In Rossetti’s 1853 drawing Boatmen and Siren, one of the boatmen is captivated by the siren, but is saved from certain death by his companion. The accompanying inscription was written by Jacopo da Lentino, a Italian poet of the Rennaissance era whose work was translated by Rossetti in The Early Italian Poets:
I am broken, as a ship
Perishing of the song
Sweet, sweet and long, the songs the sirens know.
The mariner forgets,
Voyaging in those straits,
And dies assuredly.
Rossetti would revisit the idea of the Siren in 1877 with his work A Sea-Spell.
“The idea is that of a Siren, or Sea-Fairy, whose lute summons a sea-bird to listen, and whose song will soon prove fatal to some fascinated mariner”–Dante Gabriel Rossetti (The Works of Dante Gabriel Rossetti, 1911)
Oh, how I love A Sea-Spell. That magnificent bird. The color palette. And Alexa Wilding with her pale skin and all that fabric draped so beautifully. Rossetti wrote a sonnet to accompany the painting:
Her lute hangs shadowed in the apple-tree,
While flashing fingers weave the sweet-strung spell
Between its chords; and as the wild notes swell,
The sea-bird for those branches leaves the sea.
But to what sound her listening ear stoops she?
What netherworld gulf-whispers doth she hear,
In answering echoes from what planisphere,
Along the wind, along the estuary?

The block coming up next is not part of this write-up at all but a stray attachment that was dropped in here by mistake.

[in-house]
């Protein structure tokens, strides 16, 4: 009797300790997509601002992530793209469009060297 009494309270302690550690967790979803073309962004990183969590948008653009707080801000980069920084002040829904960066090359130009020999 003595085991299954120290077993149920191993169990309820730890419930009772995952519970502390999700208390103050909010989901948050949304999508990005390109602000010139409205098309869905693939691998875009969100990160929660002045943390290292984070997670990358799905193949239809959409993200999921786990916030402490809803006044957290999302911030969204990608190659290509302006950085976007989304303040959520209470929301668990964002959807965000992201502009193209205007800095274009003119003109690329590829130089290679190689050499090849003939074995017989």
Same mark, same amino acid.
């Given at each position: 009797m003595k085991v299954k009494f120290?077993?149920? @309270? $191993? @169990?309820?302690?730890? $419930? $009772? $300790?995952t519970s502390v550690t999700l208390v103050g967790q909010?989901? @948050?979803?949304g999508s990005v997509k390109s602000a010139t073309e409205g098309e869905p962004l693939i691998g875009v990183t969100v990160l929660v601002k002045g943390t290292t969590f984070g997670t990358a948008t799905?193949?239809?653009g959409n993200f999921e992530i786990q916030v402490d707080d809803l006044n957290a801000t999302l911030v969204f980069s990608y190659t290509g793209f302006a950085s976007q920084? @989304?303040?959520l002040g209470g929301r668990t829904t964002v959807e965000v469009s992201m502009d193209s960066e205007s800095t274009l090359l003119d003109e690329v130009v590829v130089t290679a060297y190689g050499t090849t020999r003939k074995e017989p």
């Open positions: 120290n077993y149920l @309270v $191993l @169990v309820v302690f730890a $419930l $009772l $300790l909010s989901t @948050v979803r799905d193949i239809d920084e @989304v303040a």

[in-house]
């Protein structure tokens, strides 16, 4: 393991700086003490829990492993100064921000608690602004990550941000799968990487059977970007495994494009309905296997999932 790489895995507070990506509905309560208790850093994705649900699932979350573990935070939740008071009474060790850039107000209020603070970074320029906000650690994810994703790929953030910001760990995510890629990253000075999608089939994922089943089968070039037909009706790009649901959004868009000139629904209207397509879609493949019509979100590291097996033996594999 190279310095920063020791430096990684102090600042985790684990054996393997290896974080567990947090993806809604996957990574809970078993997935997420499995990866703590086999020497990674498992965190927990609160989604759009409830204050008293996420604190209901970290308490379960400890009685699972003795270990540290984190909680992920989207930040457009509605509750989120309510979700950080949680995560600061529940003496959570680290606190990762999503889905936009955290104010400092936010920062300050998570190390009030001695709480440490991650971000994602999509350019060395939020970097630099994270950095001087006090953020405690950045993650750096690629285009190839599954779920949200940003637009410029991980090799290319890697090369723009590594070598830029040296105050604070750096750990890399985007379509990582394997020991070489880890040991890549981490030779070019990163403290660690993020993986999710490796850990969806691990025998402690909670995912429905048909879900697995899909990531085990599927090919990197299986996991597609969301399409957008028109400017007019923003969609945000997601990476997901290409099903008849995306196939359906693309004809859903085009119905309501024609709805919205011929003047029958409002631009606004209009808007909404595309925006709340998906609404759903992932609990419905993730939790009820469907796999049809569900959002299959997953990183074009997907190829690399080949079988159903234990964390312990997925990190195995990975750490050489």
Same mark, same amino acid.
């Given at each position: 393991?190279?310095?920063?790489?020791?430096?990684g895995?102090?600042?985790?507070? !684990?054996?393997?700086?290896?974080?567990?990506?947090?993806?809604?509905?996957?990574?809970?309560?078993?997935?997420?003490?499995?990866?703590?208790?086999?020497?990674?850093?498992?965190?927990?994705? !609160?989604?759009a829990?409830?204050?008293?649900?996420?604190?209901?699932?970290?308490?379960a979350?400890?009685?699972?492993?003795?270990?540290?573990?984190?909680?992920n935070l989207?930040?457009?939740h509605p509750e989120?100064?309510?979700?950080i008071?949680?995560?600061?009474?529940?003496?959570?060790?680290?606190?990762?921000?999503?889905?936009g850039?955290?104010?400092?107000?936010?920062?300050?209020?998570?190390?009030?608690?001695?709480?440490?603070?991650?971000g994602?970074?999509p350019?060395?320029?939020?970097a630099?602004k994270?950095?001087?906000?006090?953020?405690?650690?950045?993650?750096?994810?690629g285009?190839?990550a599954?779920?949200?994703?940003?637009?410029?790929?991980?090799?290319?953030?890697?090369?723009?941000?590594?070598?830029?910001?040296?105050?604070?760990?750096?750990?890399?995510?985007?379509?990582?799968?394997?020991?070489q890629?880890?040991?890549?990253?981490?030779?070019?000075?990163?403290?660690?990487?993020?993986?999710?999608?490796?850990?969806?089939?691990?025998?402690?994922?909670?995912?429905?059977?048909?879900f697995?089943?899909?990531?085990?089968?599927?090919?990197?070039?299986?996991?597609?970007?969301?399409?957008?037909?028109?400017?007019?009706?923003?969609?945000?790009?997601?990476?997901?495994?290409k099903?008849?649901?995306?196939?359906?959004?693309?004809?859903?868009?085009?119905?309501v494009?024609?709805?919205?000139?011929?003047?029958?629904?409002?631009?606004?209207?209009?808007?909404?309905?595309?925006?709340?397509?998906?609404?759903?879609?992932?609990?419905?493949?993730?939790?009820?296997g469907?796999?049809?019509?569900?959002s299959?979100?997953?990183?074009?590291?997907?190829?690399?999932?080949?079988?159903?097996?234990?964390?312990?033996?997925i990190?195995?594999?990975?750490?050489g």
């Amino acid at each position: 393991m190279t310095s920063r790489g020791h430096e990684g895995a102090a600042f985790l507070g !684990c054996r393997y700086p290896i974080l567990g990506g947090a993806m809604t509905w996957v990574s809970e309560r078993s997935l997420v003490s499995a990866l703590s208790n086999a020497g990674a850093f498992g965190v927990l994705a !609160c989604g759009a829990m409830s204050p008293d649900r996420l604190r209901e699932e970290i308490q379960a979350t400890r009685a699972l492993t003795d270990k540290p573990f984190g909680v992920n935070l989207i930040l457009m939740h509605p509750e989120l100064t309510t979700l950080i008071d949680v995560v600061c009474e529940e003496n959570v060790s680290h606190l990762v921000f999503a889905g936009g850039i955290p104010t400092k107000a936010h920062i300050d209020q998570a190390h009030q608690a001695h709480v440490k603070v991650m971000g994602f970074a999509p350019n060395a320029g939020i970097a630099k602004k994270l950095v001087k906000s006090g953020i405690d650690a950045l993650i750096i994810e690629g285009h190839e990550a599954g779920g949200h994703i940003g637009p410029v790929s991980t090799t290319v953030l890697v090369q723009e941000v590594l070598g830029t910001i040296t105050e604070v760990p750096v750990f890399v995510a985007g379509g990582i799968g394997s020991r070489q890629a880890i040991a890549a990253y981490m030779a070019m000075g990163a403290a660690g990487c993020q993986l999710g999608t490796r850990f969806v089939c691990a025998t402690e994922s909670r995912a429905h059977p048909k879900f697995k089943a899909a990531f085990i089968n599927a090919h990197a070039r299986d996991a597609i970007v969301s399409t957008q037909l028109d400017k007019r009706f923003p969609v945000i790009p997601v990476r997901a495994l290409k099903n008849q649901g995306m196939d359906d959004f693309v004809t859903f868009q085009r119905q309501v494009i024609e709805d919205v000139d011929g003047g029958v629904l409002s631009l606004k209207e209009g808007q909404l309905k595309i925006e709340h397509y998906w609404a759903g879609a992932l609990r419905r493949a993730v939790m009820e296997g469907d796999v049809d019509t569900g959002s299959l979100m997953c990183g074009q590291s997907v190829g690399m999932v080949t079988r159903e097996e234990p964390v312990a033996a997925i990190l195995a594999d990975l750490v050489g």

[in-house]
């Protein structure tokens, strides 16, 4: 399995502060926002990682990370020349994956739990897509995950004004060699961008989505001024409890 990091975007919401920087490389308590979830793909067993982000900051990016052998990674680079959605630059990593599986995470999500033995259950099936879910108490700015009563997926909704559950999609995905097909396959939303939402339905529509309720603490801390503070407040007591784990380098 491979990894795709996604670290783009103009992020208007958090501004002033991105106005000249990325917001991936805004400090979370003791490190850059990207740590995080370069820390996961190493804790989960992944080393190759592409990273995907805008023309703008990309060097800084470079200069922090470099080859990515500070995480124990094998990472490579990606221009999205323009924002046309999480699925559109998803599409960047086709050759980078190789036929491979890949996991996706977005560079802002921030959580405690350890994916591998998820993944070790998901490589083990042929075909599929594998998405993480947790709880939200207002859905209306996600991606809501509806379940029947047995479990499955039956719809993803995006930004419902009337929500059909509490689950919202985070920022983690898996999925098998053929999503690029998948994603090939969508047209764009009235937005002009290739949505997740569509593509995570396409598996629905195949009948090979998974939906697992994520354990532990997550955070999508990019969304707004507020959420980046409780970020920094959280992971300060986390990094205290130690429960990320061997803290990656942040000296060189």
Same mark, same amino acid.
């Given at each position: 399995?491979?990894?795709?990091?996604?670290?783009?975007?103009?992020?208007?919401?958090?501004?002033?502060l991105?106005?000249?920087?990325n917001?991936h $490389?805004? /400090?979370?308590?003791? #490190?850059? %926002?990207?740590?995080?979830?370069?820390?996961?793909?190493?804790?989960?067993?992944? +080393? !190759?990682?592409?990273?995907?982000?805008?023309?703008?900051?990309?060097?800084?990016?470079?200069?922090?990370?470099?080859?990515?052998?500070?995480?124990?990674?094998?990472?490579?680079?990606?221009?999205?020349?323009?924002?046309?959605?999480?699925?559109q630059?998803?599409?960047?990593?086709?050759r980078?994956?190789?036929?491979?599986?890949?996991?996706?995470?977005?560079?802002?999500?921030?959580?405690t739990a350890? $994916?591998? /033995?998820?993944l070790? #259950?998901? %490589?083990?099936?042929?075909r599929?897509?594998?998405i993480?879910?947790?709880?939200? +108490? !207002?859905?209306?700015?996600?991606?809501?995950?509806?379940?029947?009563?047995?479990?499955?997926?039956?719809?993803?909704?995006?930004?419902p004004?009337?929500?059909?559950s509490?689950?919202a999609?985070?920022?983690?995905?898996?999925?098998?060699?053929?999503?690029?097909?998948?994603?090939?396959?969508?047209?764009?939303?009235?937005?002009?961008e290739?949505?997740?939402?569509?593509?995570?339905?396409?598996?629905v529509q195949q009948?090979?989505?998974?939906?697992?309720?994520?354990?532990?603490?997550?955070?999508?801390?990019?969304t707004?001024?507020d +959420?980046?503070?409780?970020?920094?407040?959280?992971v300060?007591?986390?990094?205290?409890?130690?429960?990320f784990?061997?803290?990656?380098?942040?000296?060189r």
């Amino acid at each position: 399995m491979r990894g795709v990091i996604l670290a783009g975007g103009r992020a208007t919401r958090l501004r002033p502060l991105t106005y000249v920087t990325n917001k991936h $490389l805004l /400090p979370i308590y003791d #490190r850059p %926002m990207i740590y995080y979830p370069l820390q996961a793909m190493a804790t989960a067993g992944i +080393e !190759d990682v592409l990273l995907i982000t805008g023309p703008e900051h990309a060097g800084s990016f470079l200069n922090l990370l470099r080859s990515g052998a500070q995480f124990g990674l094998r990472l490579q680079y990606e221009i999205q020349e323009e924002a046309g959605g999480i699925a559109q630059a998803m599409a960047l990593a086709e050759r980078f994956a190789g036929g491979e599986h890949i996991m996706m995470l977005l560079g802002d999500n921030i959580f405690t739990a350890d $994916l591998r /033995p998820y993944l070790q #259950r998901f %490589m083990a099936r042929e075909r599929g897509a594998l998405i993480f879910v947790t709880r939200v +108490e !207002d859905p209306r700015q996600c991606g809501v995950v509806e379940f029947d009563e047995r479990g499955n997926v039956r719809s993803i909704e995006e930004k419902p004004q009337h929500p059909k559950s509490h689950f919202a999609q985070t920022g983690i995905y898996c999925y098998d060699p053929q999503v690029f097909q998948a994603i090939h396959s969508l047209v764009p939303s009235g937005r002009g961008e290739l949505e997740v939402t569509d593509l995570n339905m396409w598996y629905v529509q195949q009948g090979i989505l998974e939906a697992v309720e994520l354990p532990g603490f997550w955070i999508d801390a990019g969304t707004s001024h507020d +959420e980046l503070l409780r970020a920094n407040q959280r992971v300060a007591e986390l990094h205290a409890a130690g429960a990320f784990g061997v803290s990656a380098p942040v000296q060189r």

She sinks into her spell: and when full soon
Her lips move and she soars into her song,
What creatures of the midmost main shall throng
In furrowed surf-clouds to the summoning rune:
Till he, the fated mariner, hears her cry,
And up her rock, bare-breasted, comes to die?
Siren, siren. She sinks into her spell. Who can resist her? Sir Edward Burne-Jones also captured sirens on canvas.
It is a sort of Siren-land–I don’t know when or where–not Greek Sirens, but any Sirens, anywhere, that lure on men to destruction. There will be a shore full of them, looking out from rocks and crannies in the rocks at a boat full of armed men, and the time will be sunset. The men shall look at the women and the women at the men, but what happens afterwards is more than I care to tell” — (Memorials of Edward Burne-Jones)
And, of course, if we are discussing Burne-Jones and the lure of the siren, we can not ignore The Depths of the Sea.